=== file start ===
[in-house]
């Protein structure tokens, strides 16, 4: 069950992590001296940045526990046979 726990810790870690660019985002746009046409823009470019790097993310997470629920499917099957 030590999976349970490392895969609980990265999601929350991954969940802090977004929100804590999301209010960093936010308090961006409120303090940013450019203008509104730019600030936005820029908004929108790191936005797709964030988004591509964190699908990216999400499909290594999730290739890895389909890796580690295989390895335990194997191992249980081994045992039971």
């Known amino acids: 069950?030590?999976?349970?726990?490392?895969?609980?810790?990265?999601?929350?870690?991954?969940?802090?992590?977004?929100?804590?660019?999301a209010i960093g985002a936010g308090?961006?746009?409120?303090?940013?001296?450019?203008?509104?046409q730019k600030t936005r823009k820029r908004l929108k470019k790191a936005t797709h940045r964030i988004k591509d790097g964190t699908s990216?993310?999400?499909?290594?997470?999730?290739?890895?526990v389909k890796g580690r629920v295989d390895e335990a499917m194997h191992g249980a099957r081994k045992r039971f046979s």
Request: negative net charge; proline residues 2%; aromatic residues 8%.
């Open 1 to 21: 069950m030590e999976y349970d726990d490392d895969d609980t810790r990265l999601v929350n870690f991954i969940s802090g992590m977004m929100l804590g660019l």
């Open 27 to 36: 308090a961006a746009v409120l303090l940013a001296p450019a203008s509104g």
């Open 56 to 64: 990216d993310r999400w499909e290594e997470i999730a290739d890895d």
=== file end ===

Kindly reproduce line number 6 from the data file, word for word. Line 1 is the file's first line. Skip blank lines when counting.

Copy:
């Open 27 to 36: 308090a961006a746009v409120l303090l940013a001296p450019a203008s509104g």